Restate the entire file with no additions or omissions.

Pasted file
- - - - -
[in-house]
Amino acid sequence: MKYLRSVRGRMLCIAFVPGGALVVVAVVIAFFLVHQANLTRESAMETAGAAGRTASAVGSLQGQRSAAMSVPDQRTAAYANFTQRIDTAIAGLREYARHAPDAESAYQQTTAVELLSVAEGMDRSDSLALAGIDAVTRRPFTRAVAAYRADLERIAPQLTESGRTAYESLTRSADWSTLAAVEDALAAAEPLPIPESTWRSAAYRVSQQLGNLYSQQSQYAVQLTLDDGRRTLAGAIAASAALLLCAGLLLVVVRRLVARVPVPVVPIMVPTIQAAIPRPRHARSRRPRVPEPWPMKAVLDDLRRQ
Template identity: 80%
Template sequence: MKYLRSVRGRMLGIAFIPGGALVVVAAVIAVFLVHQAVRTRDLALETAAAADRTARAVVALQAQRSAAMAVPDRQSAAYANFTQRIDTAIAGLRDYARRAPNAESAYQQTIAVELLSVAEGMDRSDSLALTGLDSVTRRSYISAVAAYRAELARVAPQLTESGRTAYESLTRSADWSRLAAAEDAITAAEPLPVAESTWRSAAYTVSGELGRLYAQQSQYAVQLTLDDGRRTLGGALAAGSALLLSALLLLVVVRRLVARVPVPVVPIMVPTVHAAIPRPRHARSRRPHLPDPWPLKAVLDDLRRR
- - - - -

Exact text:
[in-house]
Amino acid sequence: MKYLRSVRGRMLCIAFVPGGALVVVAVVIAFFLVHQANLTRESAMETAGAAGRTASAVGSLQGQRSAAMSVPDQRTAAYANFTQRIDTAIAGLREYARHAPDAESAYQQTTAVELLSVAEGMDRSDSLALAGIDAVTRRPFTRAVAAYRADLERIAPQLTESGRTAYESLTRSADWSTLAAVEDALAAAEPLPIPESTWRSAAYRVSQQLGNLYSQQSQYAVQLTLDDGRRTLAGAIAASAALLLCAGLLLVVVRRLVARVPVPVVPIMVPTIQAAIPRPRHARSRRPRVPEPWPMKAVLDDLRRQ
Template identity: 80%
Template sequence: MKYLRSVRGRMLGIAFIPGGALVVVAAVIAVFLVHQAVRTRDLALETAAAADRTARAVVALQAQRSAAMAVPDRQSAAYANFTQRIDTAIAGLRDYARRAPNAESAYQQTIAVELLSVAEGMDRSDSLALTGLDSVTRRSYISAVAAYRAELARVAPQLTESGRTAYESLTRSADWSRLAAAEDAITAAEPLPVAESTWRSAAYTVSGELGRLYAQQSQYAVQLTLDDGRRTLGGALAAGSALLLSALLLLVVVRRLVARVPVPVVPIMVPTVHAAIPRPRHARSRRPHLPDPWPLKAVLDDLRRR